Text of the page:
In The Spotlight: Nathan Blackwell’s The Sound of Her Voice

Hello, All,

Welcome to another edition of In The Spotlight. This week, we continue our special look at the finalists for the 2018 Ngaio Marsh Award for Best Novel. Today, let’s turn the spotlight on Nathan Blackwell’s The Sound of Her Voice.

Detective Matt Buchanan has been on the police force in Auckland for a long time, and he’s seen some truly terrible things. He’s tried to do the right thing as a copper, but he’s gotten increasingly bitter, especially as he sees that victims don’t always get justice, and ‘bad guys’ get away with their crimes.

The one case that keeps spurring him on is the 1999 disappearance of Samantha Coates. She went missing while walking home from school one day, and she hasn’t been seen since. Not even a body has been found. Whenever he gets the opportunity, Buchanan follows up any leads he can, and he meets occasionally with Samantha’s parents. But this case hasn’t been solved, and it continues to haunt him.

In the meantime, there are other cases Buchanan works. There’s a hit-and-run death, a child’s body discovered, the murder of a colleague, and more. Then, some fresh leads come up in the Coates case, and Buchanan feels he has no choice but to follow up on them. Little by little, he finds that this case is much bigger, and leads to much darker places, than he’d imagined. And it’s just possible that several of his investigations may be linked.

As Buchanan gets closer and closer to the truth, he has to make some decisions about how far he’ll go – how dark he’ll get – to get to the truth. And when he does discover the truth, he has to find a way to, as the saying goes, make it back.

This is a police procedural. In fact, Blackwell is a former police detective, so there’s a heavy emphasis on police work and the police perspective. On an interesting note, some of Blackwell’s work was undercover, so that name is a pseudonym. Blackwell uses several police acronyms in the novel and provides a glossary of them at the beginning. All of this gives the reader a real-life look at what it’s like to be an Auckland police officer. There’s even a scene where Buchanan goes to court in connection with one of his cases and has some choice thoughts about the court system that sets guilty people free and adds to the trauma that victims have to face. It’s an interesting look at the police point of view in these cases.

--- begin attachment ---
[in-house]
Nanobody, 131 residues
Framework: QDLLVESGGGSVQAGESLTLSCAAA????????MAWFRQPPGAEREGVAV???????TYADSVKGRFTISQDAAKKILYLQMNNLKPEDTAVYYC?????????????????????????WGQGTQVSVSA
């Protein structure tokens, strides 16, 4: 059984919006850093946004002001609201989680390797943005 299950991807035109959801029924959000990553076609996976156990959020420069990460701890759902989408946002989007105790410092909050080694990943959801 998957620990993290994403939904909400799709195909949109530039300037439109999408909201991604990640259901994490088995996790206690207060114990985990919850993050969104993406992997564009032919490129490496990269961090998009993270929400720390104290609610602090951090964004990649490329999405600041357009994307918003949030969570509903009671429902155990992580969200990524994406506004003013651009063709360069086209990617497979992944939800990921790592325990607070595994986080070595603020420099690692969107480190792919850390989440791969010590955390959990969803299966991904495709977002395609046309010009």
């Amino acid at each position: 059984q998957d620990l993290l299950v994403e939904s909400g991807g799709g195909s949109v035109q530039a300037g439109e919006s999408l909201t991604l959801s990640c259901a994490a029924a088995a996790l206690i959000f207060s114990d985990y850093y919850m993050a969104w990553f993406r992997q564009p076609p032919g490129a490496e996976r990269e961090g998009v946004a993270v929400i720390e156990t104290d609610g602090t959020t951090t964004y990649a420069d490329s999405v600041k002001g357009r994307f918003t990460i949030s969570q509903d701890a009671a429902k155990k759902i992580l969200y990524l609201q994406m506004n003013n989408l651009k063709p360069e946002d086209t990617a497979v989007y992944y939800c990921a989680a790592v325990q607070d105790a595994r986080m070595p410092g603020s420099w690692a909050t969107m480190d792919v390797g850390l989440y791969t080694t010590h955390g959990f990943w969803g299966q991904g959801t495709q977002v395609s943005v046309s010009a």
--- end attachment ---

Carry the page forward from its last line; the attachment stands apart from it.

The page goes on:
Police see some of the worst things that people can do to each other, and Blackwell doesn’t hold back here. It’s a dark novel, even harrowing in places, and it’s not surprising that Buchanan has his own share of trauma trying to deal with it all. There is violence in the novel, and not all of it is ‘off stage.’ Readers who prefer to avoid brutal violence in their crime fiction will want to know this. Likewise, there’s a great deal of profanity – some of it ugly profanity.

The story is told from Buchanan’s perspective (first person, past tense). So, we learn a great deal about him. He suffers from PTSD because of the job, but he functions, mostly by putting what he sees into what he calls a box – and then leaving the box alone.  Buchanan’s PTSD actually causes him to leave the force more than once. Yet, he keeps coming back to the Coates case, which won’t let him go. He’s raising a teenage daughter, Hailey, on his own since his wife died. He can’t always be there for her, but they do have a caring relationship, and she keeps Buchanan in touch with what it is to be a human being.